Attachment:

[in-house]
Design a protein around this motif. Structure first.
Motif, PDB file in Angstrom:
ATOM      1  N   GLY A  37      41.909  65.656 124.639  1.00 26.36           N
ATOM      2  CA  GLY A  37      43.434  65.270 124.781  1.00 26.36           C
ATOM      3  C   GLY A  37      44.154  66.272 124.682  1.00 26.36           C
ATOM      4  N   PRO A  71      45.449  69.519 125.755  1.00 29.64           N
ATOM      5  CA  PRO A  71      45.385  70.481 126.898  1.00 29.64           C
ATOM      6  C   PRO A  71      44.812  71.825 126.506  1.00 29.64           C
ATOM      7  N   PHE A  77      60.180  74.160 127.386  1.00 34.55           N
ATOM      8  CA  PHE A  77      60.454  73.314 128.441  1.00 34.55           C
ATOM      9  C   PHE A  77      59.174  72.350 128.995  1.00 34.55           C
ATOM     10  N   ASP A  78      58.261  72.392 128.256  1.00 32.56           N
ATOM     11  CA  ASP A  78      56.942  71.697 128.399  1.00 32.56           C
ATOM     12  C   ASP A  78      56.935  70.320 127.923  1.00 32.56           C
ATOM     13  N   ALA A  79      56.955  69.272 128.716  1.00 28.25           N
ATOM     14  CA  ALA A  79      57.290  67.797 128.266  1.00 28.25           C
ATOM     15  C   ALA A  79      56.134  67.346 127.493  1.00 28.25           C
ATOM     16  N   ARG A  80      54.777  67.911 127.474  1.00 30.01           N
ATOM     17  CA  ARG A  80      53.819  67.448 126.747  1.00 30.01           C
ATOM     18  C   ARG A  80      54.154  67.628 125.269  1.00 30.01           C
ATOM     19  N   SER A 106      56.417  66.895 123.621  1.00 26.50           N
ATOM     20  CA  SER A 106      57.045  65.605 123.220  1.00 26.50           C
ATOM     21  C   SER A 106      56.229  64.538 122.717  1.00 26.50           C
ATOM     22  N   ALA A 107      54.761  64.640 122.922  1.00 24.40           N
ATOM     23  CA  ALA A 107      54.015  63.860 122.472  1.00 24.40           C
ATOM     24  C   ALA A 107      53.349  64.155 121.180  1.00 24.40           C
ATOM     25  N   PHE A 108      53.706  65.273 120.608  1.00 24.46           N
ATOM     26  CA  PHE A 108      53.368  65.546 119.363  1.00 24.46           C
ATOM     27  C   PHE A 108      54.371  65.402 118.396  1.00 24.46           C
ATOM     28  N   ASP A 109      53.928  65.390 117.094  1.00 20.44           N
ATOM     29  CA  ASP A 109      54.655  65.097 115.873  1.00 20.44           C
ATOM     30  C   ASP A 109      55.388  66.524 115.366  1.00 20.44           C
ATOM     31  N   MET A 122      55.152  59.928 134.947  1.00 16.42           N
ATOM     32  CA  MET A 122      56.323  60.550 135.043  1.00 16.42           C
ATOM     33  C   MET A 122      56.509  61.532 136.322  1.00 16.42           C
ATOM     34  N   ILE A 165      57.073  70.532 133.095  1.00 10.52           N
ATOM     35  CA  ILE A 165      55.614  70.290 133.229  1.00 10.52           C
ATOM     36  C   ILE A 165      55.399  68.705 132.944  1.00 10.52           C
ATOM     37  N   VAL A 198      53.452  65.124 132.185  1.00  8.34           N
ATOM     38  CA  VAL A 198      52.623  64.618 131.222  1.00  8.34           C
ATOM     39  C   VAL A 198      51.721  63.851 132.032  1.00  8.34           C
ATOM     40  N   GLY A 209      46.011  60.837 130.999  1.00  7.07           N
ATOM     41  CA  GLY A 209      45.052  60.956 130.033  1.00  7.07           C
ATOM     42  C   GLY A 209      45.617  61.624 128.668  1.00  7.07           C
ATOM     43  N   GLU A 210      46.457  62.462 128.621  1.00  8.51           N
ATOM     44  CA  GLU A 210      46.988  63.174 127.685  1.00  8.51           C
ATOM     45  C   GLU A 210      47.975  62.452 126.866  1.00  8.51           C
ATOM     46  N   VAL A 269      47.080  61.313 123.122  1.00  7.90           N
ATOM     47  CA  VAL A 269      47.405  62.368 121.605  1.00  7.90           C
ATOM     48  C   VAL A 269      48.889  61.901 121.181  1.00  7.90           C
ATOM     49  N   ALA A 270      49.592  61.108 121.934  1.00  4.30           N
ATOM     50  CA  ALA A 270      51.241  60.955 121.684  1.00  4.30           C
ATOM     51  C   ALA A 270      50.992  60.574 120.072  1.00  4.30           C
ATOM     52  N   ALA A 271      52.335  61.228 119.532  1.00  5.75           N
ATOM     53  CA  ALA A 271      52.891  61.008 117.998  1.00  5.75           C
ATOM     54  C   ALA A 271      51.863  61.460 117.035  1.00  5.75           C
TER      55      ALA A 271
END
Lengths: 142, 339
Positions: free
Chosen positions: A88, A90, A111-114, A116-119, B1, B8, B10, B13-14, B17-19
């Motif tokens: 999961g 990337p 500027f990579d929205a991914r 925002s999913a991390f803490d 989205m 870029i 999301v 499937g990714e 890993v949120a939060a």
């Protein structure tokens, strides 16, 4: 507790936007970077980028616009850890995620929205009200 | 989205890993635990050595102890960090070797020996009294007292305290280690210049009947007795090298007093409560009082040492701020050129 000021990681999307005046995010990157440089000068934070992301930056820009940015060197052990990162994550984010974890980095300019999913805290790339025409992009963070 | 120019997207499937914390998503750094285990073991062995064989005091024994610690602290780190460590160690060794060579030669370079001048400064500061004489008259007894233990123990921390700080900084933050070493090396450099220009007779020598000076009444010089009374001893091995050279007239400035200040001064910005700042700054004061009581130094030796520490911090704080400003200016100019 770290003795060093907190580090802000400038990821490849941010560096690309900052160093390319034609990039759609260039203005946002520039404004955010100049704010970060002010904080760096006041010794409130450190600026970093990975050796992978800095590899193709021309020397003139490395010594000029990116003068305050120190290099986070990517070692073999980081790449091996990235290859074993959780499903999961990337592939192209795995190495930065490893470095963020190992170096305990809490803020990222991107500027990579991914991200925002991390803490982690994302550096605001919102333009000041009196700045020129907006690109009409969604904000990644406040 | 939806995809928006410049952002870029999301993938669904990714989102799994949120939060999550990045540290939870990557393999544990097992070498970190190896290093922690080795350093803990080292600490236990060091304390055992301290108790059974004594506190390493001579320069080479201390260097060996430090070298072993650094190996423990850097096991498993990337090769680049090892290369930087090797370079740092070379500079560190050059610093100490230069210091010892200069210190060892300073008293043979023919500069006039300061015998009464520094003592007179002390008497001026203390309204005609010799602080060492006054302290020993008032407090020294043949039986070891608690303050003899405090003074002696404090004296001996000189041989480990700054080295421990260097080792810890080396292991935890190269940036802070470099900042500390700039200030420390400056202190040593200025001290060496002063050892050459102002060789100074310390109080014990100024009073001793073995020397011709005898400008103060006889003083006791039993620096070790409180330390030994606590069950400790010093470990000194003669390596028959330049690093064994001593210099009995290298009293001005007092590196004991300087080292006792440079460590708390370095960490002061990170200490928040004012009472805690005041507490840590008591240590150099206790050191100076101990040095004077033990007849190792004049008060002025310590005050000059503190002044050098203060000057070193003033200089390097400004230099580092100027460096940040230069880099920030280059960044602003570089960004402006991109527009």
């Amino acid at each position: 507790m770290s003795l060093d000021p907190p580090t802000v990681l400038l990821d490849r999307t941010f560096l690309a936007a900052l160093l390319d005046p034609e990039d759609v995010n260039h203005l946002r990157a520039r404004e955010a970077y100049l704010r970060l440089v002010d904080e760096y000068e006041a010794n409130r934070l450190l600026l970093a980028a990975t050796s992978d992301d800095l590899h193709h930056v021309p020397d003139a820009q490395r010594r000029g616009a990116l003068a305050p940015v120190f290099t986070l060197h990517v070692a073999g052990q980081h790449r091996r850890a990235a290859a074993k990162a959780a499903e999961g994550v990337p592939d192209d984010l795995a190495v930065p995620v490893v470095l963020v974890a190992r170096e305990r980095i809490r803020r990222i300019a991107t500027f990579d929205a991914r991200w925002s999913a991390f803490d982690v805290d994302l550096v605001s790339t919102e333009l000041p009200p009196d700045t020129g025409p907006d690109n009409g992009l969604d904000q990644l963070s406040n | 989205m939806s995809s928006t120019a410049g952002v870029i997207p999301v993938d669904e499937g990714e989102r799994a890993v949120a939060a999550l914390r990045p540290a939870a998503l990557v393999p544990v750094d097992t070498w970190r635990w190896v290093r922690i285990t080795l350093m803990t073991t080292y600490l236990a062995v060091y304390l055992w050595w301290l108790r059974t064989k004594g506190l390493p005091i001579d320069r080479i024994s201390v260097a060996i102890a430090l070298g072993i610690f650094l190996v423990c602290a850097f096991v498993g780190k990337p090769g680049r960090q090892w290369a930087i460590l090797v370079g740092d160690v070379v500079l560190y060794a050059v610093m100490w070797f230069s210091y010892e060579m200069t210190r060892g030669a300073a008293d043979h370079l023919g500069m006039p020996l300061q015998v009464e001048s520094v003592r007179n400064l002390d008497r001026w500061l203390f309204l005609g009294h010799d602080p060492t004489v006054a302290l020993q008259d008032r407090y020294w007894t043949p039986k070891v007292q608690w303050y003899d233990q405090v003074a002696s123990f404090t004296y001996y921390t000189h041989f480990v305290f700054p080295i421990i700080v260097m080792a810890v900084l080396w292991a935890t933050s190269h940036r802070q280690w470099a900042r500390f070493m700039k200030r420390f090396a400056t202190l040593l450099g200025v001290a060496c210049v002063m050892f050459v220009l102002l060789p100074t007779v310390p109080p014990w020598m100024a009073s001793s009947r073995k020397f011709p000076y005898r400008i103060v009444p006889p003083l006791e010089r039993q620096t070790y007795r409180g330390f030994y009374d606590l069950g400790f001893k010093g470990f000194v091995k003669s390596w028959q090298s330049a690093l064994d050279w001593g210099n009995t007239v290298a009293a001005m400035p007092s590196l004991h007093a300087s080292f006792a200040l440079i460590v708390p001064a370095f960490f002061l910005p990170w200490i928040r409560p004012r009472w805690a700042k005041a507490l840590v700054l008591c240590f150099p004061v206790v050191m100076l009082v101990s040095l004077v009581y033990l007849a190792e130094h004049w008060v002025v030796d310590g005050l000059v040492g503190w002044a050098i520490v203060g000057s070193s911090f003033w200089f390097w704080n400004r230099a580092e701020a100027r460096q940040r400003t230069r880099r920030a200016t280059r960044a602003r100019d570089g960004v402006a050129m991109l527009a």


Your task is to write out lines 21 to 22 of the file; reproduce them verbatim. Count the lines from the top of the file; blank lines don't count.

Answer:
ATOM     18  C   ARG A  80      54.154  67.628 125.269  1.00 30.01           C
ATOM     19  N   SER A 106      56.417  66.895 123.621  1.00 26.50           N